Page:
and marry him under a canopy.

“Without a matchmaker, woe is to your mother,
you will take each other?
I don’t care if things go well, or bad with you.
I will no longer  consider you as my child”

Outside, when it rains
the stones get wet.
And when a girl falls in love
her cheeks get pale.

LSW VERSION TRANSLITERATION

Az in droysn geyt a reygn
vern di shteyndelekh nas.
In az a meydele shpilt a libe
vern ir di bekelekh blas.

In az zi shpilt di libe
vert zi dokh un di farbn
In az zi shpilt nisht oys di libe
miz zi dekh yingerheyt shtarbn.

Vus dreysti dikh, mametshkele, far mayne oygn.
Di dreyst dekh arim vi a klipe.
Ikh vel mit im avekfurn in a fremder medine
un vel mit im shteln a khipe. 

Un a shadkhn oy vey iz der mame
vet ir aykh beyde nemen.
Say es vet aykh git zayn, say ez vet aykh shlekht zan
Far keyn kind, vil ikh dekh mer nit kenen. 

Say es vet aykh git zayn, say ez vet aykh shlekht zayn
Far keyn kind, vil ikh dekh mer nit kenen.
Say es vet dir git zayn, say ez vet aykh shlekht zayn
Far keyn kind, vil ikh dekh mer nit kenen.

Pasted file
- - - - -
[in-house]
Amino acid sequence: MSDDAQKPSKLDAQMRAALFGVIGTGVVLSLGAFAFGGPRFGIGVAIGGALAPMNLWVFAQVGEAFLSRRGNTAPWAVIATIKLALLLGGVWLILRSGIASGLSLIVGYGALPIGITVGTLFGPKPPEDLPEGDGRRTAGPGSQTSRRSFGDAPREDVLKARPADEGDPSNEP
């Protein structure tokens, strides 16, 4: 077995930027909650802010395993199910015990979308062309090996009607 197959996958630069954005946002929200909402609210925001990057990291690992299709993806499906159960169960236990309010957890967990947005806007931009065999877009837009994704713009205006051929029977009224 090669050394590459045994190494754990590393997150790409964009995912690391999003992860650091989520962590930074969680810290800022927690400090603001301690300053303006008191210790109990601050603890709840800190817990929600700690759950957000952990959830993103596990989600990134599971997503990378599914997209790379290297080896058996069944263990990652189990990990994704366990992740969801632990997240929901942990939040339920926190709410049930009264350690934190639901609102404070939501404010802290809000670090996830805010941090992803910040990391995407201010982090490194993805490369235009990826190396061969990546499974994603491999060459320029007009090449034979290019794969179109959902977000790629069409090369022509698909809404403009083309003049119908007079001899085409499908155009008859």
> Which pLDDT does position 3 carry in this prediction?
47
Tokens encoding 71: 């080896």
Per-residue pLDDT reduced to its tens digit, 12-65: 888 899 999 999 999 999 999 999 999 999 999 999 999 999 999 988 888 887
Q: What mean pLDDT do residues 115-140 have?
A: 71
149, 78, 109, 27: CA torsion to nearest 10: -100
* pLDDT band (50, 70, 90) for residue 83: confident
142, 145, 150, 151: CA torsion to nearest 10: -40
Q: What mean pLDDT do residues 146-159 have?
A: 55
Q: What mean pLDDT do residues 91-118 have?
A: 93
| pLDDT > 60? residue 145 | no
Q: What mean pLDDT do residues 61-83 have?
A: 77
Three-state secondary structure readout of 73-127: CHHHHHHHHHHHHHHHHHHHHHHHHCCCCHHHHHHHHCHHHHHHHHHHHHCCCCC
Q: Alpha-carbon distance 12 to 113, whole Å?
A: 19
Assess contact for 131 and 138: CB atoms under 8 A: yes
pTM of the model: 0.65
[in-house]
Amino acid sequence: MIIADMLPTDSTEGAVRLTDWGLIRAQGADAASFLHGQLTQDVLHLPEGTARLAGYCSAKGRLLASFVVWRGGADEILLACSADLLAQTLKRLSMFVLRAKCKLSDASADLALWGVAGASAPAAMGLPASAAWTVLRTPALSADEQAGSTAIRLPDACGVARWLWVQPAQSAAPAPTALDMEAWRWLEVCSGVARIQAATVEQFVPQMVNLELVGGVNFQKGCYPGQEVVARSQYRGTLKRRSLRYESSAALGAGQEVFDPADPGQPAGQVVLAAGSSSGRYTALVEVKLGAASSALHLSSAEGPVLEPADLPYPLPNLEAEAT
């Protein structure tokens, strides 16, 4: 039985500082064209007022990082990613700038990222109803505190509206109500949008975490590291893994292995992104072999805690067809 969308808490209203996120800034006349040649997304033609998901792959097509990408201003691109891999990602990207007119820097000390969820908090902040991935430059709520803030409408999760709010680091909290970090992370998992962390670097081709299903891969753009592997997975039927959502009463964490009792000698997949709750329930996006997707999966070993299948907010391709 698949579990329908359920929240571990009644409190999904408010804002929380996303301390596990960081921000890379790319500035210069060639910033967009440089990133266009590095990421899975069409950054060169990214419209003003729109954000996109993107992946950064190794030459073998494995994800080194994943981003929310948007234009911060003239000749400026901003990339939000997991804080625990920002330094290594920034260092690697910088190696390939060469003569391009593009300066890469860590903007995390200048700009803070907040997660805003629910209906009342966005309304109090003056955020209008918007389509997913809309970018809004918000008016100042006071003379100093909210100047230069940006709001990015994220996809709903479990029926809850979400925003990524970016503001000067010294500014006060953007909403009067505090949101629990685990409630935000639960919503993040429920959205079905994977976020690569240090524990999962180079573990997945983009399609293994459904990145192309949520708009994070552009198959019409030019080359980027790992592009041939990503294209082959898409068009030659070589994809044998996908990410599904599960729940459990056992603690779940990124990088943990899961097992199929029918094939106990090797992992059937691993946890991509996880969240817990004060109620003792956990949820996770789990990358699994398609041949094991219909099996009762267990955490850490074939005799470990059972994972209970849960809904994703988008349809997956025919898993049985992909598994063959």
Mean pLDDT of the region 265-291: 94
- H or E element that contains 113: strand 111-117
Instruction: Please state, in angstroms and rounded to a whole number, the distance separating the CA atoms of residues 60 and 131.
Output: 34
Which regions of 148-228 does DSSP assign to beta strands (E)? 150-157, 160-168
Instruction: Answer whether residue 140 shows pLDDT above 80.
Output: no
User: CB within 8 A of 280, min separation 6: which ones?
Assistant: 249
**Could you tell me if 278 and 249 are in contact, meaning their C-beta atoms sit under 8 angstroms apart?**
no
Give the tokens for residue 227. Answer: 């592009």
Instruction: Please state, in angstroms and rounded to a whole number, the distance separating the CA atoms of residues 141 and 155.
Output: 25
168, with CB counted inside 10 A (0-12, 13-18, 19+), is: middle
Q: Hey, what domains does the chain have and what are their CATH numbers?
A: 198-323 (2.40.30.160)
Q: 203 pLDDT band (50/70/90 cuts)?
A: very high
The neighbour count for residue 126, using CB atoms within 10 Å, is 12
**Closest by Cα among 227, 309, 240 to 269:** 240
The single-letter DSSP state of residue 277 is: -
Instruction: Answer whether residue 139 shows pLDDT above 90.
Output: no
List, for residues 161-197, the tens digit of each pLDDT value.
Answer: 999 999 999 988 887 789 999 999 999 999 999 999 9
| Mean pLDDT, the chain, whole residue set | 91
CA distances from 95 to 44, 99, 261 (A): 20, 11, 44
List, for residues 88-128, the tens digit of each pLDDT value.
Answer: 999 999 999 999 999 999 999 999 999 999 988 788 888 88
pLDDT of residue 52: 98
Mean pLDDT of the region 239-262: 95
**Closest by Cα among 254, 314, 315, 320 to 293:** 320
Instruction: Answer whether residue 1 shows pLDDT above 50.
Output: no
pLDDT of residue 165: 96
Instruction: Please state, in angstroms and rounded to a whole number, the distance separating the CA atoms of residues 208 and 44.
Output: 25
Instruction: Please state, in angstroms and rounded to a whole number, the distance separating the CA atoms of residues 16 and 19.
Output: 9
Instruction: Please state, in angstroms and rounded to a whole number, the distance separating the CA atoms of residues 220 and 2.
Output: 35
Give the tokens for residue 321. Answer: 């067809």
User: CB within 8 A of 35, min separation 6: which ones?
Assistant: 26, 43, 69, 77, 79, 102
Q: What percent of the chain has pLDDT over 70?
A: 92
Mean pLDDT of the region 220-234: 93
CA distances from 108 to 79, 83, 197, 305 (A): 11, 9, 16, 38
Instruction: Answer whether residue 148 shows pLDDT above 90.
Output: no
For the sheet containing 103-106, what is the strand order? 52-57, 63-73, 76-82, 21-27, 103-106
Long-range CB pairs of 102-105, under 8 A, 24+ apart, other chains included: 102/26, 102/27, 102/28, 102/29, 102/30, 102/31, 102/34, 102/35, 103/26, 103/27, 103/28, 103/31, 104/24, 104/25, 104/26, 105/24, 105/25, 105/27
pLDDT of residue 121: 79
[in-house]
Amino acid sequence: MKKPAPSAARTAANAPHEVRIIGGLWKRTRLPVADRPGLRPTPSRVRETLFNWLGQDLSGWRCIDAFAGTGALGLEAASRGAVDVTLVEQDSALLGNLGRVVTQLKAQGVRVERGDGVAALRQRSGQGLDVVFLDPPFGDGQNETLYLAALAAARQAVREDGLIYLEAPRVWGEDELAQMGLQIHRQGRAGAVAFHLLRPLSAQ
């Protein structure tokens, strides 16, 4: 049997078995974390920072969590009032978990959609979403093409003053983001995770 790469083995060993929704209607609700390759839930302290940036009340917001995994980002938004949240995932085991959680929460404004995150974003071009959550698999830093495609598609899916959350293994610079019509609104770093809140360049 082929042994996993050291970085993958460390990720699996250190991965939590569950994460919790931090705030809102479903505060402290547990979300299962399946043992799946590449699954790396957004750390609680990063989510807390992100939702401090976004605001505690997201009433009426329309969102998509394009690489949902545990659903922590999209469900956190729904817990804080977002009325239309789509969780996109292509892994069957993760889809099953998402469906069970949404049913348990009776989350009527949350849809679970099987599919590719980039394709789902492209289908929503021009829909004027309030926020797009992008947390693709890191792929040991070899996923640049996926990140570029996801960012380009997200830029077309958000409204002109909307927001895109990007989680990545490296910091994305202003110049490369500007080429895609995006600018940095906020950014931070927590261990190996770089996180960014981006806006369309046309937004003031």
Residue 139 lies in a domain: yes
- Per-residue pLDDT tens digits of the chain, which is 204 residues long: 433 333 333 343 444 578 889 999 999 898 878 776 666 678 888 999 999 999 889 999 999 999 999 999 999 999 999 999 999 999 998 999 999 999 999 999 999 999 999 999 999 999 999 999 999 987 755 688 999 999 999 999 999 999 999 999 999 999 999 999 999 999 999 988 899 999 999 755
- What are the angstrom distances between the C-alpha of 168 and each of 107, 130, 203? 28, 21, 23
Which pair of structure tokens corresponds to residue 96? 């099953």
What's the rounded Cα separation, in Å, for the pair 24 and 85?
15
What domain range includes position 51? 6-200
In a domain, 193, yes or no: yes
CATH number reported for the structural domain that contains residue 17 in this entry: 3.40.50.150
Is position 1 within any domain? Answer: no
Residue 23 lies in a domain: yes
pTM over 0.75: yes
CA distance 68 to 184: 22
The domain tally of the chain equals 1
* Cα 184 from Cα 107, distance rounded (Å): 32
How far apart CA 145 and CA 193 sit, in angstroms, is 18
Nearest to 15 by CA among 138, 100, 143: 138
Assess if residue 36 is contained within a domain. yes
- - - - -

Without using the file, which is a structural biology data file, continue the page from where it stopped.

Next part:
LSW TRANSLATION

Outside, when it rains
the stones get wet.
And when a girl has a love
her cheeks get pale.

And if the love is successful
she loses her colors.
and if the love unrequited
then she must die

Why are you always before my eyes, mother.
You’re clinging to me like an evil spirit.
I will run away with him to a foreign land
and marry him under a canopy.

“Without a matchmaker, woe is to your mother,
you will take each other?
I don’t care if things go well, or bad with you.
I will no longer consider you as my child”

droysn1droysn2droysn3

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droysn5b

“Oy vey mame ikh lib a sheyn yingl” Performed by Beyle Schaechter-Gottesman

Posted in Main Collection with tags , , , , , , , , , , , , , , , , , , , , on April 29, 2019 by yiddishsong

Oy vey mame ikh lib a sheyn yingl / Oh, Mother, I Love a Beautiful Boy
Sung by Beyle Schaechter-Gottesman (BSG)
Recorded at the Augusta Heritage Festival in Elkins, West Virginia, 1990.

Commentary by Itzik Gottesman

During the summer of 1990 Yiddish singer and teacher Ethel Raim had been asked to teach Yiddish song for “vocal week” at the Augusta Heritage Center, in West Virginia.  She asked to bring Beyle Schaechter-Gottesman, who turned 70 that summer, with her to co-teach.

Gildene PaveYedaAmJan. 1950 Hey-Vov
Ethel Raim (left) and Beyle Schaechter-Gottesman

At the end of the “Vocal Week” the much larger Augusta Heritage Folk Festival took place on the same grounds and BSG sang this song from the stage at that occasion.